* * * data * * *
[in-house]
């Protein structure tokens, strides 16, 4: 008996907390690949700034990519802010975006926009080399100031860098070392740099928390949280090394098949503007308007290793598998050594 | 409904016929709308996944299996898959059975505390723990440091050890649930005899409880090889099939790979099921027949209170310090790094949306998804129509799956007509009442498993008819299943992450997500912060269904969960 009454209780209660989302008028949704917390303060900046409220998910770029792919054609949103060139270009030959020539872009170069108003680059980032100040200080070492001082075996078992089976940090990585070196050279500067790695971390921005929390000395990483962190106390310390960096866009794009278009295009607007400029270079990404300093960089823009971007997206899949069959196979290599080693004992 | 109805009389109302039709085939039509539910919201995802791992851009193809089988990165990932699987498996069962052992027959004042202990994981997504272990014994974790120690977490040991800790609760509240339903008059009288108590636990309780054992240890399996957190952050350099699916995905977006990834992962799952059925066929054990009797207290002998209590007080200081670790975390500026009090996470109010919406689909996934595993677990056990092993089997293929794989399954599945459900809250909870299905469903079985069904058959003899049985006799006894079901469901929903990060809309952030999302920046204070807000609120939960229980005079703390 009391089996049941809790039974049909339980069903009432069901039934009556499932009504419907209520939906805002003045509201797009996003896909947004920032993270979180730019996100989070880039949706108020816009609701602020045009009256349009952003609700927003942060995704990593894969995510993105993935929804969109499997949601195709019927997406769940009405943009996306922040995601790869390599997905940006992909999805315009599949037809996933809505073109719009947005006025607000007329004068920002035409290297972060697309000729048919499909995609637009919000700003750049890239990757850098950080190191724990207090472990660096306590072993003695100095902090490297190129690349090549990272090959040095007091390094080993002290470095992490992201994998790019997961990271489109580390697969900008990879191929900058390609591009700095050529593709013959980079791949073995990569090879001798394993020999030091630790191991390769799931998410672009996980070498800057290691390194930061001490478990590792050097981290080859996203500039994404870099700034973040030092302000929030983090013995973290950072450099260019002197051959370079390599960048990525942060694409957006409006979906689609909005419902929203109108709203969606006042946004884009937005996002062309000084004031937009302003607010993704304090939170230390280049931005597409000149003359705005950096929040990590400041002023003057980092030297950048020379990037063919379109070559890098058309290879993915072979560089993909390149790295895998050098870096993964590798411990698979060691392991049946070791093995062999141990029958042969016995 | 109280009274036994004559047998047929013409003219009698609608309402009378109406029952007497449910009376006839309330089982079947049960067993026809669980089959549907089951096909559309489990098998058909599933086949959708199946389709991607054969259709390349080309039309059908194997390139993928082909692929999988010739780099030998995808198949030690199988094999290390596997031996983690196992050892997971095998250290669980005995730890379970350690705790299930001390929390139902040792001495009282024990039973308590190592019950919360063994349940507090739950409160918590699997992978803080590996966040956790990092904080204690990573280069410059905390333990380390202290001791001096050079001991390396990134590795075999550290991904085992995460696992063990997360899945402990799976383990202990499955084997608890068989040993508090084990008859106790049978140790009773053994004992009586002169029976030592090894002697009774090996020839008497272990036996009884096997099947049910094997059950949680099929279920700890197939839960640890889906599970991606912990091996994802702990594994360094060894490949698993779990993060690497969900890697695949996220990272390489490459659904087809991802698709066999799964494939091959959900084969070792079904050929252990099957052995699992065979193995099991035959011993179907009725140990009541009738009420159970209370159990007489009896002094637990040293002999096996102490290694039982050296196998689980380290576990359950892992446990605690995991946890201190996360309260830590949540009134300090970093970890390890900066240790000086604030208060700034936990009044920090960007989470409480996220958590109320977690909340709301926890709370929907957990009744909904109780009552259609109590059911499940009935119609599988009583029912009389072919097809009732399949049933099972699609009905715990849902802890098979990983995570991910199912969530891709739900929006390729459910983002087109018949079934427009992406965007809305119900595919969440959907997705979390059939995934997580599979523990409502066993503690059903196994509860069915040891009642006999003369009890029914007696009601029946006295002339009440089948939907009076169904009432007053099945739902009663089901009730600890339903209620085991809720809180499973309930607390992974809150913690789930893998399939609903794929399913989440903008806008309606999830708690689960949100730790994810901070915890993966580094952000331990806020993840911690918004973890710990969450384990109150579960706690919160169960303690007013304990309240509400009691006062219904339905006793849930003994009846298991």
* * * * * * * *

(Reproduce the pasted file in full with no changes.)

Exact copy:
[in-house]
């Protein structure tokens, strides 16, 4: 008996907390690949700034990519802010975006926009080399100031860098070392740099928390949280090394098949503007308007290793598998050594 | 409904016929709308996944299996898959059975505390723990440091050890649930005899409880090889099939790979099921027949209170310090790094949306998804129509799956007509009442498993008819299943992450997500912060269904969960 009454209780209660989302008028949704917390303060900046409220998910770029792919054609949103060139270009030959020539872009170069108003680059980032100040200080070492001082075996078992089976940090990585070196050279500067790695971390921005929390000395990483962190106390310390960096866009794009278009295009607007400029270079990404300093960089823009971007997206899949069959196979290599080693004992 | 109805009389109302039709085939039509539910919201995802791992851009193809089988990165990932699987498996069962052992027959004042202990994981997504272990014994974790120690977490040991800790609760509240339903008059009288108590636990309780054992240890399996957190952050350099699916995905977006990834992962799952059925066929054990009797207290002998209590007080200081670790975390500026009090996470109010919406689909996934595993677990056990092993089997293929794989399954599945459900809250909870299905469903079985069904058959003899049985006799006894079901469901929903990060809309952030999302920046204070807000609120939960229980005079703390 009391089996049941809790039974049909339980069903009432069901039934009556499932009504419907209520939906805002003045509201797009996003896909947004920032993270979180730019996100989070880039949706108020816009609701602020045009009256349009952003609700927003942060995704990593894969995510993105993935929804969109499997949601195709019927997406769940009405943009996306922040995601790869390599997905940006992909999805315009599949037809996933809505073109719009947005006025607000007329004068920002035409290297972060697309000729048919499909995609637009919000700003750049890239990757850098950080190191724990207090472990660096306590072993003695100095902090490297190129690349090549990272090959040095007091390094080993002290470095992490992201994998790019997961990271489109580390697969900008990879191929900058390609591009700095050529593709013959980079791949073995990569090879001798394993020999030091630790191991390769799931998410672009996980070498800057290691390194930061001490478990590792050097981290080859996203500039994404870099700034973040030092302000929030983090013995973290950072450099260019002197051959370079390599960048990525942060694409957006409006979906689609909005419902929203109108709203969606006042946004884009937005996002062309000084004031937009302003607010993704304090939170230390280049931005597409000149003359705005950096929040990590400041002023003057980092030297950048020379990037063919379109070559890098058309290879993915072979560089993909390149790295895998050098870096993964590798411990698979060691392991049946070791093995062999141990029958042969016995 | 109280009274036994004559047998047929013409003219009698609608309402009378109406029952007497449910009376006839309330089982079947049960067993026809669980089959549907089951096909559309489990098998058909599933086949959708199946389709991607054969259709390349080309039309059908194997390139993928082909692929999988010739780099030998995808198949030690199988094999290390596997031996983690196992050892997971095998250290669980005995730890379970350690705790299930001390929390139902040792001495009282024990039973308590190592019950919360063994349940507090739950409160918590699997992978803080590996966040956790990092904080204690990573280069410059905390333990380390202290001791001096050079001991390396990134590795075999550290991904085992995460696992063990997360899945402990799976383990202990499955084997608890068989040993508090084990008859106790049978140790009773053994004992009586002169029976030592090894002697009774090996020839008497272990036996009884096997099947049910094997059950949680099929279920700890197939839960640890889906599970991606912990091996994802702990594994360094060894490949698993779990993060690497969900890697695949996220990272390489490459659904087809991802698709066999799964494939091959959900084969070792079904050929252990099957052995699992065979193995099991035959011993179907009725140990009541009738009420159970209370159990007489009896002094637990040293002999096996102490290694039982050296196998689980380290576990359950892992446990605690995991946890201190996360309260830590949540009134300090970093970890390890900066240790000086604030208060700034936990009044920090960007989470409480996220958590109320977690909340709301926890709370929907957990009744909904109780009552259609109590059911499940009935119609599988009583029912009389072919097809009732399949049933099972699609009905715990849902802890098979990983995570991910199912969530891709739900929006390729459910983002087109018949079934427009992406965007809305119900595919969440959907997705979390059939995934997580599979523990409502066993503690059903196994509860069915040891009642006999003369009890029914007696009601029946006295002339009440089948939907009076169904009432007053099945739902009663089901009730600890339903209620085991809720809180499973309930607390992974809150913690789930893998399939609903794929399913989440903008806008309606999830708690689960949100730790994810901070915890993966580094952000331990806020993840911690918004973890710990969450384990109150579960706690919160169960303690007013304990309240509400009691006062219904339905006793849930003994009846298991």